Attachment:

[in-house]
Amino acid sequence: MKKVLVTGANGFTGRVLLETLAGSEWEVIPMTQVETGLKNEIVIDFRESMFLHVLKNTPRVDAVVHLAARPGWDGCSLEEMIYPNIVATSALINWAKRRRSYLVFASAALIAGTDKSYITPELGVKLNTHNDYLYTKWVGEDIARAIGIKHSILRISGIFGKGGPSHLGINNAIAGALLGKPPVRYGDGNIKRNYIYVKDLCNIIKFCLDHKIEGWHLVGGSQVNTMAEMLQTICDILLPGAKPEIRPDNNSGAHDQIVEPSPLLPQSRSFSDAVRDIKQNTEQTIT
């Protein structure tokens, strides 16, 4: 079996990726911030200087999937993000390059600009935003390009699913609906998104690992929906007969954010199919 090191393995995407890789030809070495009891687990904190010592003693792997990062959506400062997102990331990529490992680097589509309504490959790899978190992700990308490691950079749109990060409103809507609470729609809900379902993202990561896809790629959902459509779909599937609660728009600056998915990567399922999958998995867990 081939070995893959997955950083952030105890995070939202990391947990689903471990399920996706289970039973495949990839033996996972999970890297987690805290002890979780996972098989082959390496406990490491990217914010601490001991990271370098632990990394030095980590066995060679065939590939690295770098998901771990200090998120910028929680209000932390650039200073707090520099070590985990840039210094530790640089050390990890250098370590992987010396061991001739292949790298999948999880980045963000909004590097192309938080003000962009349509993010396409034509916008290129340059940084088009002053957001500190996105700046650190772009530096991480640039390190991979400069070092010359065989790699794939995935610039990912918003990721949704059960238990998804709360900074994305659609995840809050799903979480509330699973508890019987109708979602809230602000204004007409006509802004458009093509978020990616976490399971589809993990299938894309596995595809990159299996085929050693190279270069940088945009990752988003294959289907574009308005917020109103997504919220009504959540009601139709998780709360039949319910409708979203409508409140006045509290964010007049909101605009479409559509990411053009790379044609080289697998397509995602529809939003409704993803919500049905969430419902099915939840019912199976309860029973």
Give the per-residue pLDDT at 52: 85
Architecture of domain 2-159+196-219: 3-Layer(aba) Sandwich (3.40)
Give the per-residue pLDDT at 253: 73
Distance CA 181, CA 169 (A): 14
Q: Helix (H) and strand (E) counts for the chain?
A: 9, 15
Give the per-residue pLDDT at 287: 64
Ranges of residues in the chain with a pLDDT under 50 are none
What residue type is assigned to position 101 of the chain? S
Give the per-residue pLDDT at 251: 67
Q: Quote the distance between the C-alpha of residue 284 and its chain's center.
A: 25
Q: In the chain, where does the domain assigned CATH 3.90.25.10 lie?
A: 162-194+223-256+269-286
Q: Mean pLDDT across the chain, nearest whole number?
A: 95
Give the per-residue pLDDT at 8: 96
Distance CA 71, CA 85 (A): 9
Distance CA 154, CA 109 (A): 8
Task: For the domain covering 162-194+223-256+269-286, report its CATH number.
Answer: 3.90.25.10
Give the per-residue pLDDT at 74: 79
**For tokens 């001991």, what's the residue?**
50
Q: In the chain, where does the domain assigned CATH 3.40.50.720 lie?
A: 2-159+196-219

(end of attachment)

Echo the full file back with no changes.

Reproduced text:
[in-house]
Amino acid sequence: MKKVLVTGANGFTGRVLLETLAGSEWEVIPMTQVETGLKNEIVIDFRESMFLHVLKNTPRVDAVVHLAARPGWDGCSLEEMIYPNIVATSALINWAKRRRSYLVFASAALIAGTDKSYITPELGVKLNTHNDYLYTKWVGEDIARAIGIKHSILRISGIFGKGGPSHLGINNAIAGALLGKPPVRYGDGNIKRNYIYVKDLCNIIKFCLDHKIEGWHLVGGSQVNTMAEMLQTICDILLPGAKPEIRPDNNSGAHDQIVEPSPLLPQSRSFSDAVRDIKQNTEQTIT
């Protein structure tokens, strides 16, 4: 079996990726911030200087999937993000390059600009935003390009699913609906998104690992929906007969954010199919 090191393995995407890789030809070495009891687990904190010592003693792997990062959506400062997102990331990529490992680097589509309504490959790899978190992700990308490691950079749109990060409103809507609470729609809900379902993202990561896809790629959902459509779909599937609660728009600056998915990567399922999958998995867990 081939070995893959997955950083952030105890995070939202990391947990689903471990399920996706289970039973495949990839033996996972999970890297987690805290002890979780996972098989082959390496406990490491990217914010601490001991990271370098632990990394030095980590066995060679065939590939690295770098998901771990200090998120910028929680209000932390650039200073707090520099070590985990840039210094530790640089050390990890250098370590992987010396061991001739292949790298999948999880980045963000909004590097192309938080003000962009349509993010396409034509916008290129340059940084088009002053957001500190996105700046650190772009530096991480640039390190991979400069070092010359065989790699794939995935610039990912918003990721949704059960238990998804709360900074994305659609995840809050799903979480509330699973508890019987109708979602809230602000204004007409006509802004458009093509978020990616976490399971589809993990299938894309596995595809990159299996085929050693190279270069940088945009990752988003294959289907574009308005917020109103997504919220009504959540009601139709998780709360039949319910409708979203409508409140006045509290964010007049909101605009479409559509990411053009790379044609080289697998397509995602529809939003409704993803919500049905969430419902099915939840019912199976309860029973």
Give the per-residue pLDDT at 52: 85
Architecture of domain 2-159+196-219: 3-Layer(aba) Sandwich (3.40)
Give the per-residue pLDDT at 253: 73
Distance CA 181, CA 169 (A): 14
Q: Helix (H) and strand (E) counts for the chain?
A: 9, 15
Give the per-residue pLDDT at 287: 64
Ranges of residues in the chain with a pLDDT under 50 are none
What residue type is assigned to position 101 of the chain? S
Give the per-residue pLDDT at 251: 67
Q: Quote the distance between the C-alpha of residue 284 and its chain's center.
A: 25
Q: In the chain, where does the domain assigned CATH 3.90.25.10 lie?
A: 162-194+223-256+269-286
Q: Mean pLDDT across the chain, nearest whole number?
A: 95
Give the per-residue pLDDT at 8: 96
Distance CA 71, CA 85 (A): 9
Distance CA 154, CA 109 (A): 8
Task: For the domain covering 162-194+223-256+269-286, report its CATH number.
Answer: 3.90.25.10
Give the per-residue pLDDT at 74: 79
**For tokens 């001991």, what's the residue?**
50
Q: In the chain, where does the domain assigned CATH 3.40.50.720 lie?
A: 2-159+196-219